Iran deal closer? Top diplomats gather in Geneva for nuclear talks

P5+1 and Iranian foreign ministers and the EU’s chief diplomat are holding intensive talks in Geneva struggling to overcome differences to hammer out a much-anticipated deal on Iran’s nuclear program.

It remains unclear if Iran and the P5+1 powers will reach a deal on Saturday, said Iran's Deputy Foreign Minister Abbas Araqchi as quoted by Fars news agency, adding that the “dispute is over the wording.”

"The foreign ministers of the six countries are going to have a meeting together... We will decide about the continuation of the negotiations" after the meeting on Saturday, Araqchi told Mehr news agency.

Russian Foreign Minister Sergey Lavrov was the first to arrive in Geneva on Friday evening. Lavrov held bilateral meetings with Iranian Foreign Minister Mohammad Javad Zarif and EU High Representative for Foreign Affairs and Security Policy Catherine Ashton. Didier Burkhalter,head of the Swiss Federal Department of Foreign Affairs, joined the talks on Saturday. Details of the meetings were not disclosed.

On Saturday the Russian Foreign Minister met US Secretary of State John Kerry, as well as French and Chinese foreign ministers.

“Lavrov specifically stressed that for the first time in many years the six world powers and Iran have a real opportunity to reach agreement,” the Russian foreign ministry said in statement Saturday.

Russia’s deputy foreign minister Sergey Ryabkov blamed the western media for presenting “rather one-legged comments” on the talks and trying to blame the Iranian delegation for the lack of a break through.

He also called for a media blackout during the negotiations.

“Any negotiations, especially on such a sensitive issue as settlement of the Iranian nuclear program, require silence from the media,” Ryabkov said Saturday. 

Iranian Foreign Minister Mohammad Javad Zarif (R) sits next to EU foreign policy chief Catherine Ashton at the start of closed-door nuclear talks in Geneva on November 20, 2013. (AFP Photo/Fabrice Coffrini)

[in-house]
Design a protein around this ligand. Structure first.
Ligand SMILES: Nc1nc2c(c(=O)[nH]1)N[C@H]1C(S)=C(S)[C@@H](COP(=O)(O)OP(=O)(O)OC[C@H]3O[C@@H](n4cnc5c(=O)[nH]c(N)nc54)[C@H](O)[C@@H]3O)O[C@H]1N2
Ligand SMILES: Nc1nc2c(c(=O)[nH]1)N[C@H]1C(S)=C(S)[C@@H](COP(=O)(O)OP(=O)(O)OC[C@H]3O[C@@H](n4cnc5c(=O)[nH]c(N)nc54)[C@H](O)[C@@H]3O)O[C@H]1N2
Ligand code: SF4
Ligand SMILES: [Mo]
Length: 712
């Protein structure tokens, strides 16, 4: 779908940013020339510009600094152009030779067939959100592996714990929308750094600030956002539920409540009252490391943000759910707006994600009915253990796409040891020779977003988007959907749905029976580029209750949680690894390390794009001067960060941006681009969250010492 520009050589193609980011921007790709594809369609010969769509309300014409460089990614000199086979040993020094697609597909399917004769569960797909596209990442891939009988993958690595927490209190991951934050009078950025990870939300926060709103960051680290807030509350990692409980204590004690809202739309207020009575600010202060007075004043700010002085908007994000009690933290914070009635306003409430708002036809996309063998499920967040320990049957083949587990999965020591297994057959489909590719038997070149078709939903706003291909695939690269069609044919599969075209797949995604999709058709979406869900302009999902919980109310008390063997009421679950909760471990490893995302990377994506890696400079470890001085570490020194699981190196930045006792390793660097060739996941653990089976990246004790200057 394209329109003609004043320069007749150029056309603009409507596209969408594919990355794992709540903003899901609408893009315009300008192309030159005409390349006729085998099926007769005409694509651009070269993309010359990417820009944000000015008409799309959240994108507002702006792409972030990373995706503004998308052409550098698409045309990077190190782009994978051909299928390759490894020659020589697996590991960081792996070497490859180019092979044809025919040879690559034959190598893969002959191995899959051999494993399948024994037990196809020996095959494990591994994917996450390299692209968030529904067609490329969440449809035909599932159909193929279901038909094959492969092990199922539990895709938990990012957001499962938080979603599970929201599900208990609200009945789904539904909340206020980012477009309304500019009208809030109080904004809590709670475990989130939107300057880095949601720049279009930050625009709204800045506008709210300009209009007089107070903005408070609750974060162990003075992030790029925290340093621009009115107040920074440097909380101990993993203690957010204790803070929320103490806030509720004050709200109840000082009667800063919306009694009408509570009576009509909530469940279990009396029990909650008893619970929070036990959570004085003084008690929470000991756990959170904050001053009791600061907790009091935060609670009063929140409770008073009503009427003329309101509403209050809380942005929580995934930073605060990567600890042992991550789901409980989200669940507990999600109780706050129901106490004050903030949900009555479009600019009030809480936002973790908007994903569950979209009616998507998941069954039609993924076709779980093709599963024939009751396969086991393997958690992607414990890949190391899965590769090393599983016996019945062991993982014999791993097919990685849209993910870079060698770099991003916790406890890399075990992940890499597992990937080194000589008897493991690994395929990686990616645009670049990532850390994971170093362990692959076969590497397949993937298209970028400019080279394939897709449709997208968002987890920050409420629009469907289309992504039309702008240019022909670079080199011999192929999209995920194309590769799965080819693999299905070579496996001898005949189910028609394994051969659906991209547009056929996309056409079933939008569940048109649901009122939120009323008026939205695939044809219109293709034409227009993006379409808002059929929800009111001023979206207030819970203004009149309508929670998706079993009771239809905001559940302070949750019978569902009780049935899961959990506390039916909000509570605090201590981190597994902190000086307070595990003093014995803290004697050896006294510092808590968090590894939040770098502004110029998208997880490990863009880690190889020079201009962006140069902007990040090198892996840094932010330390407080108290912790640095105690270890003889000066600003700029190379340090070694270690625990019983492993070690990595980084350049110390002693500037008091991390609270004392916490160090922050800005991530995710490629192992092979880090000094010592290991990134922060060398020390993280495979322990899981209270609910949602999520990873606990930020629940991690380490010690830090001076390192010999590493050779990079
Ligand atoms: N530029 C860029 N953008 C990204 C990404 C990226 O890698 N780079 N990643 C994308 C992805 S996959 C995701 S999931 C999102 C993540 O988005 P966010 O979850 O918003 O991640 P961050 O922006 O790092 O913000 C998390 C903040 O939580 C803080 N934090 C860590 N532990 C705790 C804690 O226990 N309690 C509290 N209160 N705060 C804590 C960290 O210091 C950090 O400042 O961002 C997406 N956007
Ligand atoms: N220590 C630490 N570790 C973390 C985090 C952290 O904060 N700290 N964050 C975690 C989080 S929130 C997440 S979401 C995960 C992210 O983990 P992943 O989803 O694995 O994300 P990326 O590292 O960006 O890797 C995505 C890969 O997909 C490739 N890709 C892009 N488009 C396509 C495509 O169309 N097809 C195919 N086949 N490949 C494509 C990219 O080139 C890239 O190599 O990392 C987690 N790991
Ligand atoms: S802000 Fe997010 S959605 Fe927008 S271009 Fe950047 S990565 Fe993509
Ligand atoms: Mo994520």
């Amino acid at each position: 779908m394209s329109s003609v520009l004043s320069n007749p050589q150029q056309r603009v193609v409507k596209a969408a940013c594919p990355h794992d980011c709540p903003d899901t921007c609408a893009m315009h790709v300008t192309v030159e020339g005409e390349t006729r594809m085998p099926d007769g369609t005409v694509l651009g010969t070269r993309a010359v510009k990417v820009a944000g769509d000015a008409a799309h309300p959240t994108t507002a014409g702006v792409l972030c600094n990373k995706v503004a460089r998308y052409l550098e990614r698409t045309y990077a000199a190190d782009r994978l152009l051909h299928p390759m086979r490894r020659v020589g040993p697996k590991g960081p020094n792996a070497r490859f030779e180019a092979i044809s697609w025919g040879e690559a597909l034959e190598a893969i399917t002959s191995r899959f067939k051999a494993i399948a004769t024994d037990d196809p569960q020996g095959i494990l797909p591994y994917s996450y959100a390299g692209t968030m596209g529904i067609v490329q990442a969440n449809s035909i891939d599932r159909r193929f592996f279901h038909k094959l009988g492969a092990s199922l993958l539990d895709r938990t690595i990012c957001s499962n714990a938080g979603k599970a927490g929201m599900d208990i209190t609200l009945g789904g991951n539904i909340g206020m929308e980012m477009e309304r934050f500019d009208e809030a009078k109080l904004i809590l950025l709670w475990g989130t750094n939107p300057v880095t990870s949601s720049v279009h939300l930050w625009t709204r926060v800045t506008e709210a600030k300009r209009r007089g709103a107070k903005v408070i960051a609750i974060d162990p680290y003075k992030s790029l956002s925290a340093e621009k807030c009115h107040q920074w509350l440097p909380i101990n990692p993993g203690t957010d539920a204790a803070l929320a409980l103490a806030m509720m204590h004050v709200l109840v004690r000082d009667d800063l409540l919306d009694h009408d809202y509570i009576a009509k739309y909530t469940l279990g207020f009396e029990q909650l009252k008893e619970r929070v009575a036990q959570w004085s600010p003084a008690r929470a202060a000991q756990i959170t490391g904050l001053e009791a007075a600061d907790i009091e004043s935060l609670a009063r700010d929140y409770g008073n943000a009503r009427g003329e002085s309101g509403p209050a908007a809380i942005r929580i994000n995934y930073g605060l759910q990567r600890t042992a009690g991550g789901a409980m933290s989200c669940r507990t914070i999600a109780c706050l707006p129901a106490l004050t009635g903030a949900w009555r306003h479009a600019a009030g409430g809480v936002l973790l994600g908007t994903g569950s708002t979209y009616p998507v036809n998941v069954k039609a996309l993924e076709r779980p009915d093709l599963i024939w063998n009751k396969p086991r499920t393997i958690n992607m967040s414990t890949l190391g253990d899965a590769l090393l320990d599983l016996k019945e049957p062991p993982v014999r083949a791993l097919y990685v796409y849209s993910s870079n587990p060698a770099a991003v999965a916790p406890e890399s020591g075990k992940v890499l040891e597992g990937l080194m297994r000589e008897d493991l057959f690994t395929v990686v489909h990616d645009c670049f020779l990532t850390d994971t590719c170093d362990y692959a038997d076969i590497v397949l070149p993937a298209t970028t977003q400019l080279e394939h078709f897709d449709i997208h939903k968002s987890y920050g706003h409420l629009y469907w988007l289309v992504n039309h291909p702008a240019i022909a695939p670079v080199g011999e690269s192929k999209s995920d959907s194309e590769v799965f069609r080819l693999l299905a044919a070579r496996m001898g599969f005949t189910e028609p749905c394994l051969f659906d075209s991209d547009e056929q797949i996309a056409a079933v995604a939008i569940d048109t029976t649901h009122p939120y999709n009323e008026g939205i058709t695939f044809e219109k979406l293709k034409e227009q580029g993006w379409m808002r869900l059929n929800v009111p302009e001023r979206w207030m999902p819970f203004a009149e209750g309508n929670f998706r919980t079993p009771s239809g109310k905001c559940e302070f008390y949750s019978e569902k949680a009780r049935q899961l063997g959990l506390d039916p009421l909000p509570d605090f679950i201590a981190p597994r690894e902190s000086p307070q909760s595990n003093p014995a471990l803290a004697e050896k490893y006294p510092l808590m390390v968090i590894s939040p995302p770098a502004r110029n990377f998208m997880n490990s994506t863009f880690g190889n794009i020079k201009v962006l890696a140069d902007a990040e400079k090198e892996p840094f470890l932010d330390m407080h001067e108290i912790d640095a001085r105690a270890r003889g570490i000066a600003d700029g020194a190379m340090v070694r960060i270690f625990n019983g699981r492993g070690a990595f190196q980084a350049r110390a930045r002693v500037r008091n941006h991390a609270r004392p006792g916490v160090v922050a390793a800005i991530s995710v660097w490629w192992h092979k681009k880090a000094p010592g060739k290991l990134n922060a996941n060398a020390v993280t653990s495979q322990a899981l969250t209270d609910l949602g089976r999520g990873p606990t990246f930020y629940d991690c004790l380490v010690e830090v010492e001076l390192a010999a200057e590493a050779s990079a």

The EU’s delegation sounds cautiously optimistic. “You cannot suddenly get an agreement overnight… So I do not think that anyone should panic,” Ashton’s spokesman, Michael Mann, said in an interview with Iran’s Press TV. “We are prepared to do hard work to bridge those differences. It will take as long as it takes.”

“We foreign ministers are not here because things are necessarily finished. There is a huge amount of agreement (but) the remaining gaps are important and we will be turning out attention to those over coming hours,” British Foreign Minister William Hague told reporters Saturday.

The French Foreign Minister, Laurent Fabius, said that Paris would only back a “strong agreement”.

The Iranian Foreign Minister Javad Zarif reiterated Saturday the Iranian position that Tehran must maintain the right to enrich uranium.

“We’re discussing a three-part agreement. I can assure you that Iran’s right to enrichment will be included in any deal,” he said.

But he also struck a more upbeat note saying that “The arrival of foreign ministers of six countries in Geneva proves the governments’ readiness to reach agreement with Tehran.”

Iranian Foreign Minister Mohammad Javad Zarif (2nd R) arrives to talks over Iran's nuclear programme in Geneva on November 22, 2013 (AFP Photo / Fabrice Coffrini)

According to the Chinese Foreign Ministry, early on Saturday minister Wang Yi left Beijing for Geneva to attend talks on Iran's nuclear program.

This would be the third ministerial level P5+1 gathering with Iran since the breakthrough in diplomacy following the election of Iran’s new president, Hassan Rouhani.

Demands by the P5+1 group for Iran to halt further enrichment activities were among the main sticking points in revived negotiations. The group also wants Iran to transfer part of its stockpile of 20 percent enriched uranium to a third country under IAEA custody. In return, the P5 +1 are offering a phased relief from sanctions on precious metals and petrochemicals that have been crippling Iran’s economy for decades.